Video games have many positive effects and are appropriate for people with disabilities. However, consideration should be given to suitability of some games for special groups of people. In addition to the above mentioned positive sides, video games also have many negative sides.

The bad sides of video game

Muscle pain, Obesity, Sleep Deprivation

Though the activity level needed to play Wii or Xbox Kinect are a step in the right direction, a majority of video games still involve sitting in front of a screen, often with poor posture. Excessive screen game playing leads to increased levels of muscle stiffness, especially in the shoulders, which can be caused by poor posture. Sedentary lifestyles and bad diets are directly linked to obesity. Playing too many video games has been associated with changes in physical appearance. Increased gaming can cause sleep deprivation and gamers can develop black rings in the skin under the eyes (Tazawa & Okada, 2001).

According to a report in Paediatrics, seven out of 10 children are vitamin D deficient. Vitamin D, of course, is commonly absorbed from exposure to sunlight. Unfortunately, being holed up in front of video games console does not afford the same exposure to sunlight as being outside (Misra et.all 2008).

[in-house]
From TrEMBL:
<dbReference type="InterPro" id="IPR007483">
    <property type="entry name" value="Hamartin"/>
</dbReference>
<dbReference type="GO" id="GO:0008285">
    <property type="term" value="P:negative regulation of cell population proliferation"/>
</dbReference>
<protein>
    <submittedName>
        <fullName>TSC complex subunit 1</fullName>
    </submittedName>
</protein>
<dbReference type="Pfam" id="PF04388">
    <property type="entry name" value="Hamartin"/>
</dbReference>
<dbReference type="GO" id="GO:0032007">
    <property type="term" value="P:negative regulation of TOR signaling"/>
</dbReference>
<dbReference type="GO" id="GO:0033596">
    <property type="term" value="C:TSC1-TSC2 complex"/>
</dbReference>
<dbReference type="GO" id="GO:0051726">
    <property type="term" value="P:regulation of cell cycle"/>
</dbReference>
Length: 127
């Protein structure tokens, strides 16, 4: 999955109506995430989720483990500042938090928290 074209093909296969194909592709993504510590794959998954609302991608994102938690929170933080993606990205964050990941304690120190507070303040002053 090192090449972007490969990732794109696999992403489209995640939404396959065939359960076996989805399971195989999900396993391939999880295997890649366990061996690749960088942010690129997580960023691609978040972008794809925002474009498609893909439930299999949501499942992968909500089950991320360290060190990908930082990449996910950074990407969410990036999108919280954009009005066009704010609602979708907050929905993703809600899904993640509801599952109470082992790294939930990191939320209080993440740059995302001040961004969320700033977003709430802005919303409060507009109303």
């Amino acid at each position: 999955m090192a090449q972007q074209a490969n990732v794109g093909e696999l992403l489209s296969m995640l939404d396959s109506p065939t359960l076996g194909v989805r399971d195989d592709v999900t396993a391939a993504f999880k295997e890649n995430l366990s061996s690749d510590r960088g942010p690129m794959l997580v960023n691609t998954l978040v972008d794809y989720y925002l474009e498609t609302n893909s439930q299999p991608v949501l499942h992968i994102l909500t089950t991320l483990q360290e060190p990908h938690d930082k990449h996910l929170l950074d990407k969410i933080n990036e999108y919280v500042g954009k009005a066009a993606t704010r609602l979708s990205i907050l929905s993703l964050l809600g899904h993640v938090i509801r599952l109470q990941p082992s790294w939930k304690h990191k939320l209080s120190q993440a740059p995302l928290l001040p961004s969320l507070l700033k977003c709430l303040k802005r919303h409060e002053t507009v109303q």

Negative aspects include the risk of video game addiction (although the prevalence of true addiction, rather than excessive use, is very low) and increased aggressiveness. There have been numerous reports of other adverse medical and psycho-social effects. For instance, the risk of epileptic seizures whilst playing video games in photosensitive individuals with epilepsy is well established (Griffiths 2005).

Answer to the main question

In accordance with the text above, video games have a lot of space in our field of operation. However, we have to answer the main question: 21st Century - Video Games or Traditional Sport Disciplines?

The answer is both. While video games show their advantages having regard to all the weaknesses traditional games are another story.

People have many different reasons for exercising. Sport activities provide the health related benefits. The main goals are to lower the risk of developing health problems and preventable disease. A person can be well even if he or she has differences in movement capabilities, whether these are caused by a particular experience or factors such as cerebral palsy, injury to the spinal cord and paralysis, or advanced age. Disabilities are not considered illnesses or deficiencies. Regardless of ability level, age or level of experience, exercise benefits can lead to wellness. (Kasser & Lytle, 2013).